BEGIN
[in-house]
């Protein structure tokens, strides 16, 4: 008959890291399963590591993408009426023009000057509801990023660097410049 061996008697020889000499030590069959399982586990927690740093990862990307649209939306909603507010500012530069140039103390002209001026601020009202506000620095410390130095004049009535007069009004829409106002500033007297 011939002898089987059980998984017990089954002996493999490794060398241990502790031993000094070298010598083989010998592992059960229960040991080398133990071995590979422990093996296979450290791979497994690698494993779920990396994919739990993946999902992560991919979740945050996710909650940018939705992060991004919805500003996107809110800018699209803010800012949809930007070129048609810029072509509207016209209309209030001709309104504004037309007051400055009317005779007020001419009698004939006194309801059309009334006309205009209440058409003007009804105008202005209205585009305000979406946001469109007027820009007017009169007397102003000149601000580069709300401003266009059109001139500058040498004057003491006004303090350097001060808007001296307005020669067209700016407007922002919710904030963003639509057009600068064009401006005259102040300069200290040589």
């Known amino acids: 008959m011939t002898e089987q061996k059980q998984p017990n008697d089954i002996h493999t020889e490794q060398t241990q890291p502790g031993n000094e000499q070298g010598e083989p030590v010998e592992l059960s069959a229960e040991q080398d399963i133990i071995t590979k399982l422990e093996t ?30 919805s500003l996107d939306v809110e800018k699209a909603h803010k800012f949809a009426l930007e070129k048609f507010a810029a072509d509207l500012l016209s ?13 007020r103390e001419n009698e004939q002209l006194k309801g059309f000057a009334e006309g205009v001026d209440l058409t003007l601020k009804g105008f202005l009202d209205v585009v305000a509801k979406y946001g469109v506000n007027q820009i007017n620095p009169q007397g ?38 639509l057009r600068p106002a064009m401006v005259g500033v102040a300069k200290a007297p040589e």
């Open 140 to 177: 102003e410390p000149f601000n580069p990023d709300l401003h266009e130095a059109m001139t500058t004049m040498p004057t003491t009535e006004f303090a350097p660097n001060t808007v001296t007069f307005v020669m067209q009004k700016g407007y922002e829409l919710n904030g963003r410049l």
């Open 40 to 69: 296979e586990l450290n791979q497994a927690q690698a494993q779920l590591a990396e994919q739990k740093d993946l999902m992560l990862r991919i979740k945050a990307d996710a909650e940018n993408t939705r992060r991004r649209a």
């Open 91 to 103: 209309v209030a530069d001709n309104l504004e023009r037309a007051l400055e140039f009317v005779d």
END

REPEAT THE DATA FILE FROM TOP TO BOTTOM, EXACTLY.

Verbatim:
[in-house]
């Protein structure tokens, strides 16, 4: 008959890291399963590591993408009426023009000057509801990023660097410049 061996008697020889000499030590069959399982586990927690740093990862990307649209939306909603507010500012530069140039103390002209001026601020009202506000620095410390130095004049009535007069009004829409106002500033007297 011939002898089987059980998984017990089954002996493999490794060398241990502790031993000094070298010598083989010998592992059960229960040991080398133990071995590979422990093996296979450290791979497994690698494993779920990396994919739990993946999902992560991919979740945050996710909650940018939705992060991004919805500003996107809110800018699209803010800012949809930007070129048609810029072509509207016209209309209030001709309104504004037309007051400055009317005779007020001419009698004939006194309801059309009334006309205009209440058409003007009804105008202005209205585009305000979406946001469109007027820009007017009169007397102003000149601000580069709300401003266009059109001139500058040498004057003491006004303090350097001060808007001296307005020669067209700016407007922002919710904030963003639509057009600068064009401006005259102040300069200290040589």
């Known amino acids: 008959m011939t002898e089987q061996k059980q998984p017990n008697d089954i002996h493999t020889e490794q060398t241990q890291p502790g031993n000094e000499q070298g010598e083989p030590v010998e592992l059960s069959a229960e040991q080398d399963i133990i071995t590979k399982l422990e093996t ?30 919805s500003l996107d939306v809110e800018k699209a909603h803010k800012f949809a009426l930007e070129k048609f507010a810029a072509d509207l500012l016209s ?13 007020r103390e001419n009698e004939q002209l006194k309801g059309f000057a009334e006309g205009v001026d209440l058409t003007l601020k009804g105008f202005l009202d209205v585009v305000a509801k979406y946001g469109v506000n007027q820009i007017n620095p009169q007397g ?38 639509l057009r600068p106002a064009m401006v005259g500033v102040a300069k200290a007297p040589e």
């Open 140 to 177: 102003e410390p000149f601000n580069p990023d709300l401003h266009e130095a059109m001139t500058t004049m040498p004057t003491t009535e006004f303090a350097p660097n001060t808007v001296t007069f307005v020669m067209q009004k700016g407007y922002e829409l919710n904030g963003r410049l």
């Open 40 to 69: 296979e586990l450290n791979q497994a927690q690698a494993q779920l590591a990396e994919q739990k740093d993946l999902m992560l990862r991919i979740k945050a990307d996710a909650e940018n993408t939705r992060r991004r649209a």
């Open 91 to 103: 209309v209030a530069d001709n309104l504004e023009r037309a007051l400055e140039f009317v005779d």